Portfolio/Financial Advice for a 20 year old Australian

For investors outside the US. Personal investments, personal finance, investing news and theory.
Sister forums: Canada, Spain (en español)
---------------
Post Reply
Topic Author
amaryllisinbloom
Posts: 3
Joined: Wed May 05, 2021 11:03 pm

Portfolio/Financial Advice for a 20 year old Australian

Post by amaryllisinbloom »

Hi Bogleheads,

I've been a lurker on these forums for a while now and have learnt a lot, and thought it would be a good idea to get some fresh eyes from the experienced users here on my financial plan for the future now that I'm full-time in the workforce.

About me:

I'm 20, a fresh Australian university graduate who's been working for a few months on ~90kAUD + 9.5% super (australia's tax advantaged retirement account). Out of this, I plan to spend around ~15-20k of my post-tax income and invest the rest.

Goals: In all honesty I don't know what my goals will look like in 10 or 20 years or even further in the future, so it seems to make the most sense to maintain a healthy savings rate and relatively liquid investments (i.e not property) to maximise my options for the long term.

Desired Asset Allocation:
From research on bogleheads and passiveinvestingaustralia among others, my planned asset allocation is the following:
50% VGS (global large and mid caps)
20% VGAD (global large and mid caps hedged to AUD)
20% VAS (australian large caps)
10% VGE (emerging markets)

This gives me a 90/10 split on developed vs emerging, sufficient exposure to the local market (>20% VAS seems to be recommended against), and a 40/60 split on AUD/non-AUD assets.

In super I'm 100% in Sunsuper Unhedged International Indexes for relatively low fees and more exposure to international indexes, because I'm already exposed to emerging markets and AUD in my personal investments and my employment.

Further Information:

International Lifestyle: No current plans to move internationally but non-trivial chance this changes in the future

Currency: AUD

Emergency funds: ~3k in my checking account

Debt: ~30k of HECS (interest free education loan indexed to inflation), otherwise debt free

_______________________________________________________________

Current retirement assets

General investment account, taxable

~20k in a personal investment account (Selfwealth for flat fees brokerage + CHESS sponsorship)

~10k VGS
~4k VGAD
~4k VAS
~2k VGE

Retirement savings account, tax deferred (indicate account type, such as UK SIPP, Canadian RRSP, or French PEA)
~2k in Australian SunSuper 100% Unhedged International Indexes.

_______________________________________________________________
Questions:
1. Is there anything else I should be doing (financially) that I'm not currently doing?

2. Is my planned asset allocation sound?

3. Specific to Australians, but are there any better superfunds/ allocations I could be using? I'm not confident that my current super is optimal; perhaps I should be mirroring my personal asset allocation in my super or some other option?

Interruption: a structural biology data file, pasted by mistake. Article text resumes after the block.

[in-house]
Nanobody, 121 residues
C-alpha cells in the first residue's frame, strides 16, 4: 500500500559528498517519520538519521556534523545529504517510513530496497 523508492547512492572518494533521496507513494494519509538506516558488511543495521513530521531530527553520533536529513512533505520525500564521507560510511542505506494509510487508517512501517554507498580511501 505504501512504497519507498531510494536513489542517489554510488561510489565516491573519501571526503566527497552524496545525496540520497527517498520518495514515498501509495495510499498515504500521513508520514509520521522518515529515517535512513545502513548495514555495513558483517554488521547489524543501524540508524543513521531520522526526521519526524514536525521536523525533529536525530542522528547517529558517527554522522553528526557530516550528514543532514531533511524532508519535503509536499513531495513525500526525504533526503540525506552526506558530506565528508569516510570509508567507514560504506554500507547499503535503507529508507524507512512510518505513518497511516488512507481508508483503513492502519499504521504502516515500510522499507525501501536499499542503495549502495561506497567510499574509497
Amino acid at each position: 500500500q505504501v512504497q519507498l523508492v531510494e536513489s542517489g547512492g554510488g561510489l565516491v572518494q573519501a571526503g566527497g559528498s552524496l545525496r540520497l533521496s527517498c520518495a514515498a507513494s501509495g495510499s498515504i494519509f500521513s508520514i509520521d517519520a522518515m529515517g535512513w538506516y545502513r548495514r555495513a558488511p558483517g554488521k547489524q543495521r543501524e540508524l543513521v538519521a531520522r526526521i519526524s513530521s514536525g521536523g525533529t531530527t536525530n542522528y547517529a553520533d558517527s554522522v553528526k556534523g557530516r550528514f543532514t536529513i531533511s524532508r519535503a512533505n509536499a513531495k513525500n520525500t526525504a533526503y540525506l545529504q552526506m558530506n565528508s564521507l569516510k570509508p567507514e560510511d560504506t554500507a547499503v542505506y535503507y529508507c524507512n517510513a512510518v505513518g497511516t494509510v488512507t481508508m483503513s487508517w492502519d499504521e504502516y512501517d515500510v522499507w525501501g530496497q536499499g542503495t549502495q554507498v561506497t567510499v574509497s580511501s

andrew99999
Posts: 838
Joined: Fri Jul 13, 2018 8:14 pm

Re: Portfolio/Financial Advice for a 20 year old Australian

Post by andrew99999 »

Welcome to the forum.

Goals — Good work taking care of your future self. For your present self, maybe an idea to have a weekly spending account that you can spend on anything you like each week guilt-free, and additionally, saving up for a goal like a holiday, which you don't necessarily need to use, but that you have the money available if an opportunity comes up to enjoy yourself, while still knowing that your future self is being taken care of.

Asset allocation looks great to me.

Sunsuper is a great fund. You could mirror or just do all international. Neither option is bad. Just pick something you can stick to for decades.

Emergency fund — Are you living with your folks? If not, I would bump up the emergency fund.

HECS — Wouldn't pay down since it's an interest-free loan.

Super — I would consider bumping this up beyond the super guarantee. The tax savings are insane. I mean, it's just totally ridiculous. Even if you can save enough to retire early — unless you assume you will likely die by 60, you will need a few decades of expenses after age 60, and saving the portion to keep in super first before saving up the outside-super portion results in a faster time to financial independence. You don't need to max it out indefinitely — you want some flexibility for spending before retirement, but I would increase it.

Insurance — If you are a single person with no debt, you probably don't need term life (i.e. death) insurance, but if you had an unfortunate accident and were totally and permanently disabled, you would miss out on having enough money to live a more comfortable life, so I would seriously consider TPD insurance at the minimum. You might be ok initially purchasing it through super, but I would look to eventually get a policy through an advisor because the quality of insurance in super isn't so good, but better than nothing.

Overall, you're in an amazing position. Congratulations.
Topic Author
amaryllisinbloom
Posts: 3
Joined: Wed May 05, 2021 11:03 pm

Re: Portfolio/Financial Advice for a 20 year old Australian

Post by amaryllisinbloom »

Thanks for the response Andrew, I appreciate the advice.